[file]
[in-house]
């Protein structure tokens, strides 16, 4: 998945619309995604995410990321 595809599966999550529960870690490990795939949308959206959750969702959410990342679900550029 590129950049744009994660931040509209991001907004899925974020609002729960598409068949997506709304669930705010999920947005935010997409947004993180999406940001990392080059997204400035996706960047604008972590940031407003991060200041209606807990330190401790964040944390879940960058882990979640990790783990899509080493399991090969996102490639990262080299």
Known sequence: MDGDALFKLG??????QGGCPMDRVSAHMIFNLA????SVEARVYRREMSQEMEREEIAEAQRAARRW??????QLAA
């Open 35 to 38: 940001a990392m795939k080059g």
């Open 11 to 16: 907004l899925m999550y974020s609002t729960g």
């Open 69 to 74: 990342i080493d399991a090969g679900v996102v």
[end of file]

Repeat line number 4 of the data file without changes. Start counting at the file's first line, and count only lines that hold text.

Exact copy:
């Open 35 to 38: 940001a990392m795939k080059g």